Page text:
AAC consists of basic materials that are widely available. These include sand, cement, lime, gypsum, water and an expansion agent. Silica sand, the raw material used in the greatest volume in AAC, is one of the world’s most abundant natural resources. At present there are 31 manufacturing plants in India are working with heavy concentration near Surat. Gujarat: production capacity 2000 m3/day against requirement of 3000 m3/day (Surat has 3-4 plants). In Ahmedabad, 1 m3 of AAC blocks costs Rs. 3200-3500 while 1 m3 of clay bricks would cost Rs.2400-2700. In spite of the price difference, construction industry wants to use AAC blocks due to inherent advantages. It is more used in Mumbai, Banglore, Chennai and Hubli.
Specification of AAC – Blocks
Manufacturing Of AAC Blocks
Unlike most other concrete applications, AAC is produced using no aggregate larger than sand. Quartz sand, calcined gypsum, lime (mineral) and/or cement and water are used as a binding agent. Aluminium powder is used at a rate of 0.05%–0.08% by volume (depending on the pre-specified density). In some countries, like India and China, fly ash generated from thermal power plants and having 50-65% silica content is used as an aggregate.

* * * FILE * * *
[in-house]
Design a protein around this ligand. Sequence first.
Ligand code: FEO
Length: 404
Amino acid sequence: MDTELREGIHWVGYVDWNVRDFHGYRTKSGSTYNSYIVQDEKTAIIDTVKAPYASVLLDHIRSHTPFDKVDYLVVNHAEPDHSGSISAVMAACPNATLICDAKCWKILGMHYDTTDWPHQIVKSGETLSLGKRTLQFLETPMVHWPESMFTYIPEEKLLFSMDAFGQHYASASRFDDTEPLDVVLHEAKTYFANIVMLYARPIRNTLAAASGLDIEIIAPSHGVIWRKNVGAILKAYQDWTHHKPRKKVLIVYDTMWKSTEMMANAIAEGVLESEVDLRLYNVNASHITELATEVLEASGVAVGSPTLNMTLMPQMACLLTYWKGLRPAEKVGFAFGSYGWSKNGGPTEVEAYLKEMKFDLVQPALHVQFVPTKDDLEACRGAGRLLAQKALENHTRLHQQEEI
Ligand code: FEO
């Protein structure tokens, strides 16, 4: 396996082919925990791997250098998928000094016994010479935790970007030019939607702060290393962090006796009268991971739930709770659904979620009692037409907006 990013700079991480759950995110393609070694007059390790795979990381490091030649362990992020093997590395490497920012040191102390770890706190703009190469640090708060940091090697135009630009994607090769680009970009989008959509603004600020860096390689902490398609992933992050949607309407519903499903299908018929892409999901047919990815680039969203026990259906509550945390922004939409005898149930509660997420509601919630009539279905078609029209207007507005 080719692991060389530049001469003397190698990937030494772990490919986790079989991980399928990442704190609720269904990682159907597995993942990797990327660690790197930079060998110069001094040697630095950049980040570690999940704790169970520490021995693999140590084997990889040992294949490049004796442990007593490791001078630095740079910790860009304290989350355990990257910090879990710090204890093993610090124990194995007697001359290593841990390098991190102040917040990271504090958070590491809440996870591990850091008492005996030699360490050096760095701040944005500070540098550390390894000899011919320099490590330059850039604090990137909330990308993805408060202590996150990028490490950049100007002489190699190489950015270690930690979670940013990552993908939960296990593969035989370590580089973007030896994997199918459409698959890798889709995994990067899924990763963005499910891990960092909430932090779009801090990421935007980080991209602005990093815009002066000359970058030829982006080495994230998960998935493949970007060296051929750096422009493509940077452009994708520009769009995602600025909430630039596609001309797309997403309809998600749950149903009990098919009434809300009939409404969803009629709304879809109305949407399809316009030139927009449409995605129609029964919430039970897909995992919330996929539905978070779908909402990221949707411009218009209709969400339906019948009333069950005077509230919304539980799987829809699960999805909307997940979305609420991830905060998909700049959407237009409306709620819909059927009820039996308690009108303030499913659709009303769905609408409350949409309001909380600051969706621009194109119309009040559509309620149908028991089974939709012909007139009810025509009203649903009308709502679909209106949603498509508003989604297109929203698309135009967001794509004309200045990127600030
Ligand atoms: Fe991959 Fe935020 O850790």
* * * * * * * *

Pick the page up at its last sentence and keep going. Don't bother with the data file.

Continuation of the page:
Raw Material Used
|% of proportion for AAC Blocks with
Fly ash / sand
|Fly Ash / sand
|65 – 70 / 55-65 %
|Cement – 53 Grade OPC
|6-15 / 10-20 %
|18-25 / 20-30 %
|3 – 5 / 2 – 3 %
|Aluminium Powder paste ( 600 kg/cube )
|0.6 – 0.65 %
|36-40 ° C / 35-38 ° C
When AAC is mixed and cast in forms, several chemical reactions take place that give AAC its light weight (20% of the weight of concrete) and thermal properties. Aluminium powder reacts with calcium hydroxide and water to form hydrogen. The hydrogen gas foams and doubles the volume of the raw mix creating gas bubbles up to 3mm (⅛ inch) in diameter. At the end of the foaming process, the hydrogen escapes into the atmosphere and is replaced by air.
When the forms are removed from the material, it is solid but still soft. It is then cut into either blocks or panels, and placed in an autoclave chamber for 12 hours. During this steam pressure hardening process, when the temperature reaches 190° Celsius (374° Fahrenheit) and the pressure reaches 8 to 12 bar, quartz sand reacts with calcium hydroxide to form calcium silicate hydrate, which gives AAC its high strength and other unique properties. Because of the relatively low temperature used AAC blocks are not considered fired brick but a lightweight concrete masonry unit.
After the autoclaving process, the material is ready for immediate use on the construction site. Depending on its density, up to 80% of the volume of an AAC block is air. AAC’s low density also accounts for its low structural compression strength. It can carry loads of up to 8 MPa (1,160 PSI), approximately 50% of the compressive strength of regular concrete.